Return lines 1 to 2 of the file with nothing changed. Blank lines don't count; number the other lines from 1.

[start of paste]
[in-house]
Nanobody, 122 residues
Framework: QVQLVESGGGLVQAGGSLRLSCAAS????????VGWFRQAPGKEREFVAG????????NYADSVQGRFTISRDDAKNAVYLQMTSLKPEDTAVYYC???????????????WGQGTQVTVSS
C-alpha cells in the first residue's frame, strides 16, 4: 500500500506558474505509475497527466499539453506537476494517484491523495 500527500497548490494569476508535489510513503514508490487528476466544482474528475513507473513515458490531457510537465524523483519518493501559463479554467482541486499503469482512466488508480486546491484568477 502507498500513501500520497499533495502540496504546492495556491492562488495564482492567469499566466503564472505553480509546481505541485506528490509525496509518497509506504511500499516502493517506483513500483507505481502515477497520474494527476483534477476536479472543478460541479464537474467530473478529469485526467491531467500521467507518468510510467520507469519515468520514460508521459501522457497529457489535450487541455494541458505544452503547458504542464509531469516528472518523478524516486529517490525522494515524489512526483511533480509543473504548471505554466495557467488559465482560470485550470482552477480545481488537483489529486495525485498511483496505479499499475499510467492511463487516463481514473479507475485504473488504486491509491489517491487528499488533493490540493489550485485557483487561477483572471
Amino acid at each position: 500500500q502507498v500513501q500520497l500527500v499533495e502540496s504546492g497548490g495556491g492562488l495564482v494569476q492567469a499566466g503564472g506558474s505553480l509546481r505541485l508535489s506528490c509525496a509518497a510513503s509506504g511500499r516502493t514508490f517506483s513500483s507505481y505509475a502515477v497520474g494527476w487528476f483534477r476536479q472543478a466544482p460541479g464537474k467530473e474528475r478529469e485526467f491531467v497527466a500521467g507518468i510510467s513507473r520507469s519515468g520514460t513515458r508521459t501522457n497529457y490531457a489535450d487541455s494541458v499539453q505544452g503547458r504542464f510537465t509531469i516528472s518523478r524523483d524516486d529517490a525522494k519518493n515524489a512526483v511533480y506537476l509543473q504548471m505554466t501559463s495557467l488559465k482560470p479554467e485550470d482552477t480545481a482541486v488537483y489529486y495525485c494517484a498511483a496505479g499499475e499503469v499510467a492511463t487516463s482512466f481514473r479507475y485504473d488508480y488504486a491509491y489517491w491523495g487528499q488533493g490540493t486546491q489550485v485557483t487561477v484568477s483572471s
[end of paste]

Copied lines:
[in-house]
Nanobody, 122 residues